Sunday, 4 December 2011

Of Hyperion we are told....

A 2014 paper by a London college student, pushing semi-political views, may have referred you here (rather than to the primary literature). If citing the research summarised here, it is preferable to use the detailed works: ISBN 1492736880 (published 2013) or 0956861733 (published 2020).
Added 2021
A 'Geocentric' worldview is the idea that our World is fixed: the heavens revolve around us.

It is said that Aristotle and Ptolemy proposed different ideas of how the heavens revolved around our World. However, Diodorus Siculus, (Library of History, Vol III, Book 5; Part 67) said that the spherical nature of the heavens was an earlier discovery (pre-greek dark ages):

Of Hyperion we are told that he was the first to understand, by diligent attention and observation, the movement of both the sun and the moon and the other stars, and the seasons as well, in that they are caused by these bodies, and to make these facts known to others; and that for this reason he was called the father of these bodies, since he had begotten, so to speak, the speculation about them and their nature.’

Imagine standing on a fixed world at a latitude of 51 degrees (Salisbury, England):

In summer, the Sun's circle appears to rise towards the northern pole giving the long days of summer:

This worldview can be represented by the solar planes (23.5 degrees either side of the Equatorial line), together with the blackness of the sphere which appears to revolve around the polar axis:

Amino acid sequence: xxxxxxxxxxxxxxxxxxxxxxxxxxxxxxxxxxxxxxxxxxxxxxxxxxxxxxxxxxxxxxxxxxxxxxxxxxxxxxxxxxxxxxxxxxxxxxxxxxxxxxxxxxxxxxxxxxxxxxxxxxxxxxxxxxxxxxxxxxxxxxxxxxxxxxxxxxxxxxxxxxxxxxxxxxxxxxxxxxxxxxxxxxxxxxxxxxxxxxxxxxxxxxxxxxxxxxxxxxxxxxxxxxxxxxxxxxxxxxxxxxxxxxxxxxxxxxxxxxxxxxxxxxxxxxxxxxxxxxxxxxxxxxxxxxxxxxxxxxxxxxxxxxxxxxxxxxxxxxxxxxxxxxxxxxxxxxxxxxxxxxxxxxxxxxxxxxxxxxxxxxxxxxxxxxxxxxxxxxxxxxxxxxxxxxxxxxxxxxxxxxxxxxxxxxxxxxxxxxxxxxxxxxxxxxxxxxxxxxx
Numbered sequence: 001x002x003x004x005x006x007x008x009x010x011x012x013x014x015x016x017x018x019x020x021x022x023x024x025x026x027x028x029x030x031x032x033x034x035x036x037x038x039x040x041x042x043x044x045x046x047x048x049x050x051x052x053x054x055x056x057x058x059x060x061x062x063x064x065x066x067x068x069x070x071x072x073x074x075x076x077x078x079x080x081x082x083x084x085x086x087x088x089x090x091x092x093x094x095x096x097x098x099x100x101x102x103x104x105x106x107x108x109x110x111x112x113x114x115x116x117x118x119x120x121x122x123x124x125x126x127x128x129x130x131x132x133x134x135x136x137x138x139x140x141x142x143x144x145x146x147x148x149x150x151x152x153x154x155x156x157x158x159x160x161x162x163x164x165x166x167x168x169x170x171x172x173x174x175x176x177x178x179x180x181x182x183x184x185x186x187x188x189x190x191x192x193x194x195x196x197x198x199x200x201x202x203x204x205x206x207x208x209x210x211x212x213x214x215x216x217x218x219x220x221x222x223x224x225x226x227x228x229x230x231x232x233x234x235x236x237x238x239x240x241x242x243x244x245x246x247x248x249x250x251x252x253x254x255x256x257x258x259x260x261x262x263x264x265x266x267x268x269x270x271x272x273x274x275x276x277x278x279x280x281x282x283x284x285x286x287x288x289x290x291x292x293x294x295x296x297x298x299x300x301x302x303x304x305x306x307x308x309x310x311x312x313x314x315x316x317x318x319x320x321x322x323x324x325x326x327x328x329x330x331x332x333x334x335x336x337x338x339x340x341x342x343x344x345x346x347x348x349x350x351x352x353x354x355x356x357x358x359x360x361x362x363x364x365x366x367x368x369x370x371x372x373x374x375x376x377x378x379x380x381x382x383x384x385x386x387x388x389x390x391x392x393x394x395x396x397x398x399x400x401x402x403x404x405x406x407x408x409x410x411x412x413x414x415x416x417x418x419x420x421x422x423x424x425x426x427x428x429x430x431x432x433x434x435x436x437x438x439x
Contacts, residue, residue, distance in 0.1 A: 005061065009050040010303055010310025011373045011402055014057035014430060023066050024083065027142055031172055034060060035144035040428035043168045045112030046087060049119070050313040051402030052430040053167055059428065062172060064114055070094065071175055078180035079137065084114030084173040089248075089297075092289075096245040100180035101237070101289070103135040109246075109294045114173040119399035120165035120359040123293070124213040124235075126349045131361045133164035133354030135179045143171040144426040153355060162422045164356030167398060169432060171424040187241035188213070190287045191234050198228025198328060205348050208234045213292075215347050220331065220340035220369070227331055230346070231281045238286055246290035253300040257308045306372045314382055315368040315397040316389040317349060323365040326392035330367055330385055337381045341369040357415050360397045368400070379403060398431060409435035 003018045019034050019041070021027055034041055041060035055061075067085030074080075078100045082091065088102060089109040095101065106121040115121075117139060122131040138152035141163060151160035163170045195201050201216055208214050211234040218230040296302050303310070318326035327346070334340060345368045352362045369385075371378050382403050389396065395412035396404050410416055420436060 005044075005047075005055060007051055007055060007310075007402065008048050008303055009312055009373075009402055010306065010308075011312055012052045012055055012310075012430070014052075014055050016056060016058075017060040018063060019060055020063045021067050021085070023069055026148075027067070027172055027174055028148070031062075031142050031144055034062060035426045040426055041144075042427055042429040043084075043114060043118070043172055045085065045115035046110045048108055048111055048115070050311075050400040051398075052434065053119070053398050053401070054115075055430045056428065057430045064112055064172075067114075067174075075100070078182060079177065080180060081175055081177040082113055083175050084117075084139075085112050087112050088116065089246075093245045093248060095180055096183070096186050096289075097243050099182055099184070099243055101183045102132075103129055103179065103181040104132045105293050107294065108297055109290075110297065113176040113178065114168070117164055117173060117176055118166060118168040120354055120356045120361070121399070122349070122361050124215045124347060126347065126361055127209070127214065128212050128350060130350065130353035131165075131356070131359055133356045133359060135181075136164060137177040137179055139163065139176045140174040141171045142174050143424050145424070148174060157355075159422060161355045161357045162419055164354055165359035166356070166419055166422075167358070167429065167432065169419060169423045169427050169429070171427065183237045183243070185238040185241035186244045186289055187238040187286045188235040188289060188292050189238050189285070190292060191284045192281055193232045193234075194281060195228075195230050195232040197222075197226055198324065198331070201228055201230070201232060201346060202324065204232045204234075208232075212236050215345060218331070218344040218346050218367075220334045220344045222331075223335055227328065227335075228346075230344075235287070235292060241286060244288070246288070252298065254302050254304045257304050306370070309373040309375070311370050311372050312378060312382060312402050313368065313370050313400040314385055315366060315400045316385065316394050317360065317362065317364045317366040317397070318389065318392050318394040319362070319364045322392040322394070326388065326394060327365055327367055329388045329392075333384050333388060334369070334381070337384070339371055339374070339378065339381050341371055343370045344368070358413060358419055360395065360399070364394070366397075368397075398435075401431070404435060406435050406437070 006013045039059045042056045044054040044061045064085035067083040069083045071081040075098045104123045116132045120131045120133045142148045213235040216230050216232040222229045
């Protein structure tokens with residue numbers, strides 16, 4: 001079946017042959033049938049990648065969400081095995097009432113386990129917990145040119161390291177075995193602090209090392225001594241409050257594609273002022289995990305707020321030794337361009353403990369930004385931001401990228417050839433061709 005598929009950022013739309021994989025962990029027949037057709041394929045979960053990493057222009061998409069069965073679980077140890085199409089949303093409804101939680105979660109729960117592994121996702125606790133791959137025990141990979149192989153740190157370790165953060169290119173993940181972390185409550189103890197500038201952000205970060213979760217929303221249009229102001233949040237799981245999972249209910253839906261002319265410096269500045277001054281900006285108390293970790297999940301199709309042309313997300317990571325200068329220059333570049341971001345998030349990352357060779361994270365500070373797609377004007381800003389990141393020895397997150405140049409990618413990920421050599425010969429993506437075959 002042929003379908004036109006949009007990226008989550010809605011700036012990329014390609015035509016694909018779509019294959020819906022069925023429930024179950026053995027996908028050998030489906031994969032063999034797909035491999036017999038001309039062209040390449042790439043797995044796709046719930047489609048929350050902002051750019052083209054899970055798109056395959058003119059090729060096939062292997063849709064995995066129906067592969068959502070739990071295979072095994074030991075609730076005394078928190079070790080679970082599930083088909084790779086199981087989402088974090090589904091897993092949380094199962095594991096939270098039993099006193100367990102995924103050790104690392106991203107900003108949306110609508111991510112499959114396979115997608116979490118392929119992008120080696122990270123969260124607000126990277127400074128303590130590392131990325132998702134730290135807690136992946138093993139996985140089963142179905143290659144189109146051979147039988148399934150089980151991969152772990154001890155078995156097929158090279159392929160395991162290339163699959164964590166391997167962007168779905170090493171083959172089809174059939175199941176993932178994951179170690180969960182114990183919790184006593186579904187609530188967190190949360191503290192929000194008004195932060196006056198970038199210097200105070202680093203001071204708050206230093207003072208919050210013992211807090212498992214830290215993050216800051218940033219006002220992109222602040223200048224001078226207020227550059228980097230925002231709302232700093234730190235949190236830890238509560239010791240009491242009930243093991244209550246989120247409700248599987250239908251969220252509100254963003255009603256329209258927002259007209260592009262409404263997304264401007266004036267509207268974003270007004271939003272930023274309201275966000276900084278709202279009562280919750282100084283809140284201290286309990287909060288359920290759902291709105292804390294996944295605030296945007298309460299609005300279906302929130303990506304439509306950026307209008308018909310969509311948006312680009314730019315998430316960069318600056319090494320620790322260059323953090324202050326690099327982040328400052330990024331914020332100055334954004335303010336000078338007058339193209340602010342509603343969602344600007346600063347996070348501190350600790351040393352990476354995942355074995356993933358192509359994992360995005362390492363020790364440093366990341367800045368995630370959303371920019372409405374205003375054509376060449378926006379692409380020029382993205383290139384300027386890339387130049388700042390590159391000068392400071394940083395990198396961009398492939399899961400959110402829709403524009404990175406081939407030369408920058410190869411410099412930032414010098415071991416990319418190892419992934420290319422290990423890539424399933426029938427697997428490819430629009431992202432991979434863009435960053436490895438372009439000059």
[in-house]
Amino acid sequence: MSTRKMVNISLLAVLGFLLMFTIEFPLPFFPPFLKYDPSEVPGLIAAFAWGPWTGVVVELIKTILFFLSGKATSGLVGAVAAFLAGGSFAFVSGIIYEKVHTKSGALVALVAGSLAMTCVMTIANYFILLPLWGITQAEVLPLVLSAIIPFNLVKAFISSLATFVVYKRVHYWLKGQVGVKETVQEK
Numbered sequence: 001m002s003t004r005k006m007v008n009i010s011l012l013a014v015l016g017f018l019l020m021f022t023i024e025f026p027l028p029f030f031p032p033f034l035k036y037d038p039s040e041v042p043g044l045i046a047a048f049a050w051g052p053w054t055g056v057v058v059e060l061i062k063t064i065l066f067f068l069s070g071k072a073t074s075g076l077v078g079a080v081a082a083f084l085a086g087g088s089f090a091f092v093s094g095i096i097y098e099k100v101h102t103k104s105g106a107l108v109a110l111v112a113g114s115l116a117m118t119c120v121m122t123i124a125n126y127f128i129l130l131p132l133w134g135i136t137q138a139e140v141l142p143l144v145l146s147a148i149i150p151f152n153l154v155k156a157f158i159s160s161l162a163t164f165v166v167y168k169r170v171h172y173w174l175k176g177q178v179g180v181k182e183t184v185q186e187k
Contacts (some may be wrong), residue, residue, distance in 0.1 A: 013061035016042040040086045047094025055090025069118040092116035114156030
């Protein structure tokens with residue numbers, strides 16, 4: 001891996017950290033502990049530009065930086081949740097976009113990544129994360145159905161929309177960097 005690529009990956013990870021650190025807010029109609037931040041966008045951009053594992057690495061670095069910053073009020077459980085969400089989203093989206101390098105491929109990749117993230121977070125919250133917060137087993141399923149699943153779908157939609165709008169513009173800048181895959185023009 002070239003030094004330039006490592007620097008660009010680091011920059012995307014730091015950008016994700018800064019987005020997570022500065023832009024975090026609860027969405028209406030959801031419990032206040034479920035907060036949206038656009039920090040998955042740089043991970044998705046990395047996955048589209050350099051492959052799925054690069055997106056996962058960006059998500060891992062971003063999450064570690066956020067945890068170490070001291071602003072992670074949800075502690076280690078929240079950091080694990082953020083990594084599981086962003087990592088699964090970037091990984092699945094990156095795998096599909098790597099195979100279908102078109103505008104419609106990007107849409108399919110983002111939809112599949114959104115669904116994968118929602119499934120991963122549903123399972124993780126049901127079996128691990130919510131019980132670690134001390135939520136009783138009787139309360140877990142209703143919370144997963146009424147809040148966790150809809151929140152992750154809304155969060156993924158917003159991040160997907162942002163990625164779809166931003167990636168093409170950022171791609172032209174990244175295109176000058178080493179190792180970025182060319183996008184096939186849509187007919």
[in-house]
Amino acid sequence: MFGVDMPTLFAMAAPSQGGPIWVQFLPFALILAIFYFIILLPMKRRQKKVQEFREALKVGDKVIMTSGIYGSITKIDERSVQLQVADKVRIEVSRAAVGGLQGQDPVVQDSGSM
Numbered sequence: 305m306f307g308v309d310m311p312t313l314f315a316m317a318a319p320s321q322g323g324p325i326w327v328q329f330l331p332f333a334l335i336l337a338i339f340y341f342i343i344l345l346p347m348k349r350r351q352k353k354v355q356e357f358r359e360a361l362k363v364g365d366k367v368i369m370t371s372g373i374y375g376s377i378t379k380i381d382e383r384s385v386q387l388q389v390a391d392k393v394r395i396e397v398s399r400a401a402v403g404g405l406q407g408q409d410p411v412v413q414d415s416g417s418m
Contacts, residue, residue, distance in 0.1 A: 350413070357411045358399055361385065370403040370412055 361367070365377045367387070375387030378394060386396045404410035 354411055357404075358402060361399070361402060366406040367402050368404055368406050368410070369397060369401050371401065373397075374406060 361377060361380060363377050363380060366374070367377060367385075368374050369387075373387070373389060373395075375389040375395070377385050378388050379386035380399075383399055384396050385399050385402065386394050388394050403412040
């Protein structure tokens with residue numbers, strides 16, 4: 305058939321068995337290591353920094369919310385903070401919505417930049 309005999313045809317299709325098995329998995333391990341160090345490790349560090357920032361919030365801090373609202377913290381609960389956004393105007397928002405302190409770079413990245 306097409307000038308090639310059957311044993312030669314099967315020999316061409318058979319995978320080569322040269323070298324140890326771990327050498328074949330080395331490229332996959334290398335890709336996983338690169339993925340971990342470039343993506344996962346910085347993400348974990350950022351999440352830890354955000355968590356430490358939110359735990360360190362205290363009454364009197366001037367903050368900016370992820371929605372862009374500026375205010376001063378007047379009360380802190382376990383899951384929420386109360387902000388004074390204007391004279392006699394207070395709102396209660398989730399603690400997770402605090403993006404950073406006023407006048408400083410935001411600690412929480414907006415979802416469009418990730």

Add stars, and our World can be described by this diagram:

Now compare this to Stonehenge:

A circle representing the World and its hinge drawn in stone: Stonehenge 
The poles or hinge of the World: Stonehenge's "Heelstone", its Avenue and its "Slaughter Stone" 
The sun's apparent orbital path: Stonehenge's "Station Stones" 
The stars marking the latitudes of our World: Stonehenge's "Aubrey Holes" 
The outer blackness: Stonehenge's inner facing circular bank

Diodorus Siculus tells us that a Geocentric model (world fixed with heavens revolving above) was discovered long before Roman records began. Stonehenge fits Diodorus's description. Its name fits Diodorus's description.

We also know that Northern Europeans often travelled to Britain in Neolithic Times.

Is it possible that the North of Europe knew the nature of the heavens thousands of years before Aristotle and Ptolemy?

1 comment:

  1. Jon,

    Please come back to my blog with any thoughts you had on proposals for the landscape of stonhenge?

    Wish I had more time to read through your theories - it all sounds really interesting. We use CAD and sketchup a lot by the way...